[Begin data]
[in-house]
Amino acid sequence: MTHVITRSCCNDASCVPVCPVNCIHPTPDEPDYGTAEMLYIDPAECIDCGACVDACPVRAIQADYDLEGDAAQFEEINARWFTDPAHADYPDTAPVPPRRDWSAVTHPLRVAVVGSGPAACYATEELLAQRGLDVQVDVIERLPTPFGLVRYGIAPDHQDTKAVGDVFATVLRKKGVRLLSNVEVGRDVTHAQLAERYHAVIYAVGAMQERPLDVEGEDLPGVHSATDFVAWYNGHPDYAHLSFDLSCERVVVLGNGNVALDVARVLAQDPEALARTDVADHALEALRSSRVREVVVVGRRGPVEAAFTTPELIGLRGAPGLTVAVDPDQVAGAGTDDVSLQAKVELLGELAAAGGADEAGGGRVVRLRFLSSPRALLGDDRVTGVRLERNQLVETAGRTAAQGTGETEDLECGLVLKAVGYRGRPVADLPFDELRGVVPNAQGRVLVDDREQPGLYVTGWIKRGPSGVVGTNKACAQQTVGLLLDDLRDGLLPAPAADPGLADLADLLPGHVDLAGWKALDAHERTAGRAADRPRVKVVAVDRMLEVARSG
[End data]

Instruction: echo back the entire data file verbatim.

[in-house]
Amino acid sequence: MTHVITRSCCNDASCVPVCPVNCIHPTPDEPDYGTAEMLYIDPAECIDCGACVDACPVRAIQADYDLEGDAAQFEEINARWFTDPAHADYPDTAPVPPRRDWSAVTHPLRVAVVGSGPAACYATEELLAQRGLDVQVDVIERLPTPFGLVRYGIAPDHQDTKAVGDVFATVLRKKGVRLLSNVEVGRDVTHAQLAERYHAVIYAVGAMQERPLDVEGEDLPGVHSATDFVAWYNGHPDYAHLSFDLSCERVVVLGNGNVALDVARVLAQDPEALARTDVADHALEALRSSRVREVVVVGRRGPVEAAFTTPELIGLRGAPGLTVAVDPDQVAGAGTDDVSLQAKVELLGELAAAGGADEAGGGRVVRLRFLSSPRALLGDDRVTGVRLERNQLVETAGRTAAQGTGETEDLECGLVLKAVGYRGRPVADLPFDELRGVVPNAQGRVLVDDREQPGLYVTGWIKRGPSGVVGTNKACAQQTVGLLLDDLRDGLLPAPAADPGLADLADLLPGHVDLAGWKALDAHERTAGRAADRPRVKVVAVDRMLEVARSG